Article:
I thought I would be different. I had visions of me having no opinions whatsoever of the sports or activities in which my daughter wanted to participate. In my dreams I was a laid back encourager. Not overly involved, but always present. Quietly supporting her as she chased her dreams. Loose. Chill. Totally calm, cool and collected. And then volleyball happened.
We live in an uber competitive area where you basically have to pay for private club sports from the time your child is tottering to be able to play for your school team. Having not really understood this, and my daughter teething on a frozen wash rag instead of ball leather, I feel a little lacking and a little not wealthy enough to give her any kind of leg up. And yet she loves this game. And I love this game. I played it. I coached it. And therefore, I HAVE NO CHILL.
I had every intension of being a positive, shining example to the other team moms. But instead, I am embarrassed for anyone but my husband to hear the things that come out of my mouth when she is playing. Sometimes, I’m even ashamed for him to hear, but he took a vow. He’s stuck with me.
It’s painful for me that she’s not the best. That she’s not a starter. That she doesn’t play select at the highest level. When her team is stinking it up, I get all riled up and come dangerously close to loosing my mess. If any of my fellow team moms are now wondering if I have griped and complained about your daughter, the truth is that I have. But if it makes you feel any better – I have nothing against her. I am an equal opportunity griper. I’m so deeply sorry. And here’s a horrible admission. It embarrasses me when my child messes up. And I’m jealous of those who are better. Did you hear that? I am jealous of 13 year old girls. How…utterly…ridiculous.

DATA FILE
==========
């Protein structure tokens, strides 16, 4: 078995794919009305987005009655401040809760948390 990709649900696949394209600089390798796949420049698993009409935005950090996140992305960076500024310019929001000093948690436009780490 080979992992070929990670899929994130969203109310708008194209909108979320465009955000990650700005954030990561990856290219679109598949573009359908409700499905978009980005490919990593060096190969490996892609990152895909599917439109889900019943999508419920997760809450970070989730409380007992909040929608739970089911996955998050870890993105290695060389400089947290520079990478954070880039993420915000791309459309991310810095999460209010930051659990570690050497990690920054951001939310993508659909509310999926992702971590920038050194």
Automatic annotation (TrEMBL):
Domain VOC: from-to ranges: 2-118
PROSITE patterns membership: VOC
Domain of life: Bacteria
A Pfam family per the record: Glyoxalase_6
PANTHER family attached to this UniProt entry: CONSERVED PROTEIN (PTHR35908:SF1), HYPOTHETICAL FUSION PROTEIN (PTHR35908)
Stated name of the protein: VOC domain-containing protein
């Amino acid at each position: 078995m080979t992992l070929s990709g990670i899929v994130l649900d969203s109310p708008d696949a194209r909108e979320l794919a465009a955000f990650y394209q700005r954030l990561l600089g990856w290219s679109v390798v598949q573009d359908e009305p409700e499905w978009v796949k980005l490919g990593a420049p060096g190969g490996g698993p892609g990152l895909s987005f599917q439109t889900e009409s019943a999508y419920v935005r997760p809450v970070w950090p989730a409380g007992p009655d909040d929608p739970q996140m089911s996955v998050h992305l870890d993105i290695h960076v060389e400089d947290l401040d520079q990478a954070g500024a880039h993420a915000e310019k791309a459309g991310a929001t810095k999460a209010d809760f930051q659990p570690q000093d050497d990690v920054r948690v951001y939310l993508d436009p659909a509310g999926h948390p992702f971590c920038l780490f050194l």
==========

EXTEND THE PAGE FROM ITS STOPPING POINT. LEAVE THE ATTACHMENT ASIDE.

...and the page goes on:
Every time my girl competes, I am surprised all over again at what comes pouring out of my heart. What motivates me, who is normally a DELIGHT, to think and act this way? PRIDE. And what’s behind this pride? Deep-seated insecurity. I wanted to be the best, and now I want it for her. But at what price? C.S. Lewis said, “For pride is spiritual cancer: it eats up the very possibility of love, or contentment, or even common sense.” I’ve battled physical cancer. I don’t need the spiritual kind. The bible tells us, “God opposes the proud but shows favor to the humble.” James 4:6 NIV Opposed by God. That’s a loosing tournament bracket if ever there was one.
My goal for the next match (motivated by pleasing God and not being pond scum) is to be the world’s okayest sports mom. A complete transformation may take some time, but I want to take the advice Paul gave to the Philippians. “Do nothing out of selfish ambition or vain conceit. Rather, in humility value others above yourselves, not looking to your own interests but each of you to the interests of others.” 2:3 NIV
I am joining Kate Motaung and other members of the Five Minute Friday community for our weekly writing adventure. To learn about Five Minute Friday, click here. This week’s prompt is, “Motivate”.